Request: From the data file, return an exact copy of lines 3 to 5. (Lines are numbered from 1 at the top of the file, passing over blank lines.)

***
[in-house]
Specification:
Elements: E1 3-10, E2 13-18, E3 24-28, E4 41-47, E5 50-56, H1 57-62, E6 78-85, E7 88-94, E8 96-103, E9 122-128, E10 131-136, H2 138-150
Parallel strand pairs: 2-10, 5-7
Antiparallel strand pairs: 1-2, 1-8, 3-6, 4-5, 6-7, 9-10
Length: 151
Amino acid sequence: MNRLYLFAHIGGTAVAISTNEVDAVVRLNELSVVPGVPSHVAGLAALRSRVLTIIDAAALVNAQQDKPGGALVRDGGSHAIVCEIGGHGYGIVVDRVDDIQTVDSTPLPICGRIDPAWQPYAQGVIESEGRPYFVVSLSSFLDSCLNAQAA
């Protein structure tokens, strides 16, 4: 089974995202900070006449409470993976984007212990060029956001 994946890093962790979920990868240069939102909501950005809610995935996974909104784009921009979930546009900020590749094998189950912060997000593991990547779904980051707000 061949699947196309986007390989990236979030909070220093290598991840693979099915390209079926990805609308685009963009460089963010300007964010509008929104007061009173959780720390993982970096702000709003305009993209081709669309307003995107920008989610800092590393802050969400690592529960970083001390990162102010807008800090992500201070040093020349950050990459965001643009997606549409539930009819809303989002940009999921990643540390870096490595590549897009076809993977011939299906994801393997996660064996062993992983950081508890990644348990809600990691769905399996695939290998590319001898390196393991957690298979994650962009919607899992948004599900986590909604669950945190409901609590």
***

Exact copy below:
Elements: E1 3-10, E2 13-18, E3 24-28, E4 41-47, E5 50-56, H1 57-62, E6 78-85, E7 88-94, E8 96-103, E9 122-128, E10 131-136, H2 138-150
Parallel strand pairs: 2-10, 5-7
Antiparallel strand pairs: 1-2, 1-8, 3-6, 4-5, 6-7, 9-10